Sunday, March 29, 2015

Fantasy Flight Games

This was Saturday, Day 2, of my nine days away from work.  It's not succeeding entirely because, well, work.  But for the most part.  Eryn and I did low key today.  Cup of coffee while I cleaned up a back log of things I wanted to blog about so I don't forget them, admired the new book shelf which I added to the kitchen because two bookshelves weren't enough for all our games.  Three aren't either - I have all the big box games on the bedroom upper shelves - Axis and Allies, Sid Meier's Civilization, Shogun, Tide of Iron - the sort of things you'd need a shelf apiece for.  But the others are now set up book shelf style so they're readable for gamers, and the tops of the shelves free of piles of games and available for bicycling knickknacks and the like.  I also made it halfway through cleaning up Eryn's pile of stuff that sort of mounded over one of the shelves and her little table.  We were long overdue for a decluttering.  Which is less a decluttering and more of a new pile destined for Goodwill this week (and the foodshelf, and Best Buy recycling, ad naseum).

Yesterday, I thought Eryn could help me go find a copy of a card game Troy at work wants me to play.  I was pretty sure I'd get soundly trounced without knowing how to play and, while the online rules are good, they don't really give you a feel for play.  So I looked up stores where I could buy a copy of Call of Cthulhu and what pops up?  The Fantasy Flight Gaming Center in Roseville.  Plans changed. If I was going to buy the game, why not get it directly from the source of the game.  And the web noted there was a cafe as well.  Eryn and I rolled up there just prior to opening at 10:00 a.m. to check it out.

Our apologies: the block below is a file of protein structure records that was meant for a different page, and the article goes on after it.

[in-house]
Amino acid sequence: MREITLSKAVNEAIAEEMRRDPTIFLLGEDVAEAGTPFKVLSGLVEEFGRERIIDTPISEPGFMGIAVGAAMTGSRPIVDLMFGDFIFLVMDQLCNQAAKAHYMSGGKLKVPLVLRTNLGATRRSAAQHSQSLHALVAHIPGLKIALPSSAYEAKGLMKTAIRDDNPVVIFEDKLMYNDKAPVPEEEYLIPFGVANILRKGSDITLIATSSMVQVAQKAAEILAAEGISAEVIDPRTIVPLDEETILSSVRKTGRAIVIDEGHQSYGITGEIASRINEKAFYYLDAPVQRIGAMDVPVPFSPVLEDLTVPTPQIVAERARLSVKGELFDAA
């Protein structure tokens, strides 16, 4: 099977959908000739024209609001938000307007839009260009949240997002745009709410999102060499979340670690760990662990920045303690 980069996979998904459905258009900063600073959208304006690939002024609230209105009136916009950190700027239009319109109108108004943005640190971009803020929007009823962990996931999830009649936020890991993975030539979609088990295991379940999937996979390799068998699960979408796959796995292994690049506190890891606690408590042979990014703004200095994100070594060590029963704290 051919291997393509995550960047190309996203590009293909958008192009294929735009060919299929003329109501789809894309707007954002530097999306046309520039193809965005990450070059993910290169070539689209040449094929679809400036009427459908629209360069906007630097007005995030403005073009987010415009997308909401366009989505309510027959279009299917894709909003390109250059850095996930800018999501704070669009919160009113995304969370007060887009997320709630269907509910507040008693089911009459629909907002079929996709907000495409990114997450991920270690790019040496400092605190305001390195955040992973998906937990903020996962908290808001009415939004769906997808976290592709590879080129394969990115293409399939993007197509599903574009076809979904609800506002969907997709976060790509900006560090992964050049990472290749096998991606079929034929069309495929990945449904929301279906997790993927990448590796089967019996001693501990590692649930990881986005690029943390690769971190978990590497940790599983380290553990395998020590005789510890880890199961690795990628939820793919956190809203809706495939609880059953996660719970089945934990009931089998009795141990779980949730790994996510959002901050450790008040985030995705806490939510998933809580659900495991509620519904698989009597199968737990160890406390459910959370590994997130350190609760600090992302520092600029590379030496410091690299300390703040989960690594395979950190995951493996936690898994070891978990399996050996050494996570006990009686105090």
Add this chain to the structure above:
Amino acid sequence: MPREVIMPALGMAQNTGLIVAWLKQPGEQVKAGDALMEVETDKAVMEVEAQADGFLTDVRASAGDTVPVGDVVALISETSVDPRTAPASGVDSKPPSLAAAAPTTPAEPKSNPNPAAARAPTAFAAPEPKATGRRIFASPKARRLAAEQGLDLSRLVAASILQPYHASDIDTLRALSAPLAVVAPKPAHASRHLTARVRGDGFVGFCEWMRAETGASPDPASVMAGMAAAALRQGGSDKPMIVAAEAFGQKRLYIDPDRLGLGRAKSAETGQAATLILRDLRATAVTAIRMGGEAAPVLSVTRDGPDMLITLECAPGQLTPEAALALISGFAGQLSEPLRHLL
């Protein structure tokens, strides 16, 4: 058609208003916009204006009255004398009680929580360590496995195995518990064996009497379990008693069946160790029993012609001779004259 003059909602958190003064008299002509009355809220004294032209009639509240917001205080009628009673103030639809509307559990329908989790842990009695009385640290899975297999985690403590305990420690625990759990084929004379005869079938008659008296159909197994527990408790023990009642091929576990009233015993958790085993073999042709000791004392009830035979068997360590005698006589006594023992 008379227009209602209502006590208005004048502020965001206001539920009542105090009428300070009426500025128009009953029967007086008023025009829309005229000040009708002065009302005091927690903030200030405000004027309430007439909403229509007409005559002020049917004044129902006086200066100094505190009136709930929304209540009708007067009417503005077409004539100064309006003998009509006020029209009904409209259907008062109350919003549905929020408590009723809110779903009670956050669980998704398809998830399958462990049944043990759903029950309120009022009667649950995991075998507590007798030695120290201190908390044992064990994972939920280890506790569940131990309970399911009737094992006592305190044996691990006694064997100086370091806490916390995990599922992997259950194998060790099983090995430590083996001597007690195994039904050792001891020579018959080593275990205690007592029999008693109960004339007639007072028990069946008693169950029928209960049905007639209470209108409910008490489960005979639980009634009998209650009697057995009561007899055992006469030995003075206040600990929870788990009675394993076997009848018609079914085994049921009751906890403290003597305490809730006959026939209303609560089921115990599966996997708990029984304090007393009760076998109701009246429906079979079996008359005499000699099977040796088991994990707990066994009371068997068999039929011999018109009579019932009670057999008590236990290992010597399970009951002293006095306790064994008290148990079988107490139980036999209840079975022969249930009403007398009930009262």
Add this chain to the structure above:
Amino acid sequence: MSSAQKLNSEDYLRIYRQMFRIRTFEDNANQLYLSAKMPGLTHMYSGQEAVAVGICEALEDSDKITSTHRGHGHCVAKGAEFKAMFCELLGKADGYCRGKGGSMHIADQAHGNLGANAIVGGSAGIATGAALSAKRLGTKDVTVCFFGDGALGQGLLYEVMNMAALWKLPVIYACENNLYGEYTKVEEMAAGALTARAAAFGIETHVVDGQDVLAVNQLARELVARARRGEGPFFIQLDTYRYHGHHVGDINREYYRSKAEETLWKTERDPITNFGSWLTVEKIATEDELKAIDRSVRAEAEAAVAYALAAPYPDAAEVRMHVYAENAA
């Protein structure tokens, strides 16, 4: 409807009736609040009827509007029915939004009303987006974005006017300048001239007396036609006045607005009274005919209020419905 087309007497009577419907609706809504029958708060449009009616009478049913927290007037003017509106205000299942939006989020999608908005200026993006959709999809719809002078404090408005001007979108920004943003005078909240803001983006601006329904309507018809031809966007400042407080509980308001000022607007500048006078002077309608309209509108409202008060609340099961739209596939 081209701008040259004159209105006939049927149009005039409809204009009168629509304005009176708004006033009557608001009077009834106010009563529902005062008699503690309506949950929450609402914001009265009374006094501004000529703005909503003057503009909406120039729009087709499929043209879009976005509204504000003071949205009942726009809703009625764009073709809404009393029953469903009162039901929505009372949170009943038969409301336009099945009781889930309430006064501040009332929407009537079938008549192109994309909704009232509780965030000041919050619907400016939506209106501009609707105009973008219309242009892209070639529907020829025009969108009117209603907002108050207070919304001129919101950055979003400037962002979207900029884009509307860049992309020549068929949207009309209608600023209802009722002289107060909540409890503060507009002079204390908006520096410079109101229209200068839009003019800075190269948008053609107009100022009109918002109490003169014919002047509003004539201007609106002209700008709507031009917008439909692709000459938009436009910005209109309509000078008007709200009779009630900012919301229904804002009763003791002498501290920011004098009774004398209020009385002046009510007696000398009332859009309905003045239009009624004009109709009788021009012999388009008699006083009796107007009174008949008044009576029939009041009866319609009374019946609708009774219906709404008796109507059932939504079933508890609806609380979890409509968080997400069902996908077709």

Why had we not been up there before.  The place is amazing.  The production facilities are across the lot and this is the gaming/retail/cafeteria space.  Way over there is the front door, Followed by lots of retail and a huge Warhammer display for the miniature folks.  Eryn thought all the layouts and miniatures were interesting.  And if you hate painting, there are painters on sight who seem to paint for a fee.  The games are FFG only.  There were hundreds of them for sale, including some I've only seen on Kickstarter.  Now I know who pays the "get 10 copies" level.

And there were large play areas to the left of us in that picture and a whole separate hall devoted to card tournaments.  There was a mini-Magic the Gathering tournament underway.  In the room we were in other players were having a board game tournament with a game I didn't know.  And those two are playing Dead of Winter, which you can watch on Tabletop, and which I've seen played at work twice by Jon and Dan and folks.  It's pretty neat looking, although it looks more fun with four as opposed to the two in this photo.

Those are the guys having the board game tournament on the far side of the room.  And those can take a game and play it.  Take. A. Game. And. Play. It.  It's a damn game library.  We walked over there and drooled for 30 minutes before I pulled Call of Cthulhu off the shelf so we could give it a spin. It's not every game I've ever wanted to play, but it's more than enough.